Responding to the COVID-19 pandemic demands that city leaders across the globe innovate like never before. That includes standing up new programs, from mobile testing to online permitting to expanding broadband internet, with remarkable speed and agility.
Now, as city leaders consider what is working well—and what isn't—many are urging cities not to lose the spirit of collaboration and urgency that generated these new ideas in the first place. If anything, innovation is needed now more than ever as local governments look to fix all the economic and social ills the pandemic laid bare.
“When you start looking at these complex social issues, you can't solve them by creating a single program,” said Stephanie Wade of Bloomberg Philanthropies. “These problems require multiple interventions on many levels. Principles that innovation gives us—like human-centered design and cross-sector collaboration—help us tackle these complex challenges comprehensively so we can not only improve the basic day-to-day city government operations but, more importantly, improve the lives of residents.”
In France, this spirit was alive both before and during the pandemic, through a program called “La Transfo.” The four-year project, an initiative of a Paris-based think tank called La 27e Région and supported by Bloomberg Philanthropies, aimed to embed a culture of experimentation and innovation in city halls. Through the program, 10 cities, including Paris, Mulhouse, and Dunkirk, built innovation labs made up of multi-disciplinary groups of residents, civil servants, and ambassadors from different city departments. These “i-teams” tested hundreds of innovative ideas in conjunction with city employees, elected officials, and residents.
As a result of this work, the French cities have—in every case—opted to make these labs permanent. To learn what lessons the La Transfo experience can offer city hall innovators everywhere, Bloomberg Cities caught up with Stéphane Vincent and Sylvine Bois-Choussy of La 27e Région.
Seeing is believing
La Transfo’s model trained civil servants in innovation skills over the course of 18 months, and those teams applied what they learned to challenges facing city residents. To be successful, innovation teams needed to build relationships and enthusiasm for their work by involving key stakeholders in city hall and the community in the early research, analysis, idea development, and testing phases of the process. This helped build cross-sector partnerships and buy-in around ideas.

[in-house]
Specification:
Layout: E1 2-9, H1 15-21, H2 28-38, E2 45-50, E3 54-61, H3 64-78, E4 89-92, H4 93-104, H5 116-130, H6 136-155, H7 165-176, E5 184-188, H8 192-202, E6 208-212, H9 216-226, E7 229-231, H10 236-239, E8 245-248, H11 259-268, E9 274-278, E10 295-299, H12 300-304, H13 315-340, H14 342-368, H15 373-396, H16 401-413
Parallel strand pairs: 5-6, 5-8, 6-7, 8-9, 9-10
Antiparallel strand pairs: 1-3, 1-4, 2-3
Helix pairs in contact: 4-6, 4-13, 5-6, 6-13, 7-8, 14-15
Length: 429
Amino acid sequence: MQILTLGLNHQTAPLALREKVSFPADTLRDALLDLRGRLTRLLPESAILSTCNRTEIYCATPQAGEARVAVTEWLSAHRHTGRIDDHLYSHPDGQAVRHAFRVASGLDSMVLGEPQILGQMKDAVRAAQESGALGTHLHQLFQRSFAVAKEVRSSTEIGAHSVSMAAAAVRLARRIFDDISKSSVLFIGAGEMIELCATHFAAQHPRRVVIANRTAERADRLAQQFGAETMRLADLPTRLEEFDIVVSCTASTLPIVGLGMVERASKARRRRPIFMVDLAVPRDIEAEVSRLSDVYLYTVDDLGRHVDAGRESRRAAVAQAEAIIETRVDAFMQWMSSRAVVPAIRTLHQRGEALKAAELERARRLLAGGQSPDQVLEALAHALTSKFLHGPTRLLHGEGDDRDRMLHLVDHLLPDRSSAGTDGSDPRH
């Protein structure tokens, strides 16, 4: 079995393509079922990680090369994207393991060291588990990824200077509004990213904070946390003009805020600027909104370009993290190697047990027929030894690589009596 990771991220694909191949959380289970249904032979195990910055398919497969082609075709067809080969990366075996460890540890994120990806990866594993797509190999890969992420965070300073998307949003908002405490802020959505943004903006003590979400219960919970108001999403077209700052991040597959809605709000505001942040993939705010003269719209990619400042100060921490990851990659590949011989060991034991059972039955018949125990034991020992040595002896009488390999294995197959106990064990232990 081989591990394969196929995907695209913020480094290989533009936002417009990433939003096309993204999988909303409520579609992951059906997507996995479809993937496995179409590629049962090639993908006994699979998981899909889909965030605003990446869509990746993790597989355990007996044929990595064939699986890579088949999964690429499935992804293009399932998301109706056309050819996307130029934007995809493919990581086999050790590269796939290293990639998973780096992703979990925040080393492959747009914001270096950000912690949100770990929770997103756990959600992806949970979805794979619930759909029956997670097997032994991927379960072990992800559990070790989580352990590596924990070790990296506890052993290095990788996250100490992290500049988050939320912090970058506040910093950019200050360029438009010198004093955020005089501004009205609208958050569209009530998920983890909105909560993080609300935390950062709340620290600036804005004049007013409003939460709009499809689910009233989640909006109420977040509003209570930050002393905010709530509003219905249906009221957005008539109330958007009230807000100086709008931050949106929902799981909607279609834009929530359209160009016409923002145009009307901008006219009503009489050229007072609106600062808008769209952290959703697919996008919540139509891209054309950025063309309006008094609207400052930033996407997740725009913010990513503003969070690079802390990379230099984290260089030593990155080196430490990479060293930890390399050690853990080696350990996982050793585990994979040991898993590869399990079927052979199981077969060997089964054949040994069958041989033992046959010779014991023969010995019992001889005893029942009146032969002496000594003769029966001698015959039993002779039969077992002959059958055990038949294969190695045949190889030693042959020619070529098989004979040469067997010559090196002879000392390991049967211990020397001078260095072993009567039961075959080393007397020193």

For example, in 2018, the Occitanie region announced a “Green New Deal” that included recommendations from its innovation lab’s work on sustainable farming and food systems. The administration collected input from farmers, researchers, doctors, consumer groups, families, elected representatives, and city departments, and conducted a citizen survey to collect additional feedback. Among the results of that effort is a pilot project to create 14 “Farm Labs” in agricultural high schools to create spaces for exchange between key players in the food system, promote sustainable farming through research and technology, and foster a more entrepreneurial mindset in the sector. That project and several others from the innovation lab ultimately earned more than €1.1 million in regional and local funding.
Across the 10 La Transfo cities, this bottom-up method ultimately helped secure €8.5 million in public and private investments over four years.
Creating a culture of innovation means teaching, not telling
The adage rings true: “If you give a man a fish, you feed him for a day. If you teach a man to fish, you feed him for a lifetime.” La Transfo’s approach of training career civil servants allowed teams to develop their own experience with experimental methods that lead to innovation in their particular ecosystem. “It’s not just this series of projects,” Vincent said, “but also how do you create a culture of co-design [and] social innovation and encourage trial-and-error as a new way of designing policies?”